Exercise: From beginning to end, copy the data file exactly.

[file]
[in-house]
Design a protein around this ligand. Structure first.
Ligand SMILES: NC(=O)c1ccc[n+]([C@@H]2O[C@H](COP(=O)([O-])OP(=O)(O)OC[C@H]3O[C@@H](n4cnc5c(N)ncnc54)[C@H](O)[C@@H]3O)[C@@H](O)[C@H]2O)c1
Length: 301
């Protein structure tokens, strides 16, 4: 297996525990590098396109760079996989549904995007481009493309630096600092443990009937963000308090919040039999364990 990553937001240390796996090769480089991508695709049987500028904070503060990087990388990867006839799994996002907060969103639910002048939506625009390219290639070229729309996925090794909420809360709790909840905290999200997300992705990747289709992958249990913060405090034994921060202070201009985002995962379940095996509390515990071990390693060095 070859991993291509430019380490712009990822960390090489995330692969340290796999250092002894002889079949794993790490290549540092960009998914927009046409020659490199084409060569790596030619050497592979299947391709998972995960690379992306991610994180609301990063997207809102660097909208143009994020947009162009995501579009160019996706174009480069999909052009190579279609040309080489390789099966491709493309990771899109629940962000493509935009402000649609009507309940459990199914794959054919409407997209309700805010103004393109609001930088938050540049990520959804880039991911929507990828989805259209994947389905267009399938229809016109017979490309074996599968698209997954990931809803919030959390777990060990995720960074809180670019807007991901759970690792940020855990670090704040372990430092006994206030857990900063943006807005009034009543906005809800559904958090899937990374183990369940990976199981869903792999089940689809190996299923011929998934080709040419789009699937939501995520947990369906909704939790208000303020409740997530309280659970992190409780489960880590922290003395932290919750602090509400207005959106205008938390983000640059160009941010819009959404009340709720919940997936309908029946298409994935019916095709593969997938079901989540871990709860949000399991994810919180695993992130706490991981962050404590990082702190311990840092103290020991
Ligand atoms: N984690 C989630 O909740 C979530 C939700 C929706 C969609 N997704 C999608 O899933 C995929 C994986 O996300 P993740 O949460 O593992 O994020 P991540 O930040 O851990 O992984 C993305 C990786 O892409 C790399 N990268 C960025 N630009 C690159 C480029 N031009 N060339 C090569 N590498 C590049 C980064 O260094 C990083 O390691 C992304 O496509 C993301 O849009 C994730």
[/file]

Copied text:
[in-house]
Design a protein around this ligand. Structure first.
Ligand SMILES: NC(=O)c1ccc[n+]([C@@H]2O[C@H](COP(=O)([O-])OP(=O)(O)OC[C@H]3O[C@@H](n4cnc5c(N)ncnc54)[C@H](O)[C@@H]3O)[C@@H](O)[C@H]2O)c1
Length: 301
């Protein structure tokens, strides 16, 4: 297996525990590098396109760079996989549904995007481009493309630096600092443990009937963000308090919040039999364990 990553937001240390796996090769480089991508695709049987500028904070503060990087990388990867006839799994996002907060969103639910002048939506625009390219290639070229729309996925090794909420809360709790909840905290999200997300992705990747289709992958249990913060405090034994921060202070201009985002995962379940095996509390515990071990390693060095 070859991993291509430019380490712009990822960390090489995330692969340290796999250092002894002889079949794993790490290549540092960009998914927009046409020659490199084409060569790596030619050497592979299947391709998972995960690379992306991610994180609301990063997207809102660097909208143009994020947009162009995501579009160019996706174009480069999909052009190579279609040309080489390789099966491709493309990771899109629940962000493509935009402000649609009507309940459990199914794959054919409407997209309700805010103004393109609001930088938050540049990520959804880039991911929507990828989805259209994947389905267009399938229809016109017979490309074996599968698209997954990931809803919030959390777990060990995720960074809180670019807007991901759970690792940020855990670090704040372990430092006994206030857990900063943006807005009034009543906005809800559904958090899937990374183990369940990976199981869903792999089940689809190996299923011929998934080709040419789009699937939501995520947990369906909704939790208000303020409740997530309280659970992190409780489960880590922290003395932290919750602090509400207005959106205008938390983000640059160009941010819009959404009340709720919940997936309908029946298409994935019916095709593969997938079901989540871990709860949000399991994810919180695993992130706490991981962050404590990082702190311990840092103290020991
Ligand atoms: N984690 C989630 O909740 C979530 C939700 C929706 C969609 N997704 C999608 O899933 C995929 C994986 O996300 P993740 O949460 O593992 O994020 P991540 O930040 O851990 O992984 C993305 C990786 O892409 C790399 N990268 C960025 N630009 C690159 C480029 N031009 N060339 C090569 N590498 C590049 C980064 O260094 C990083 O390691 C992304 O496509 C993301 O849009 C994730």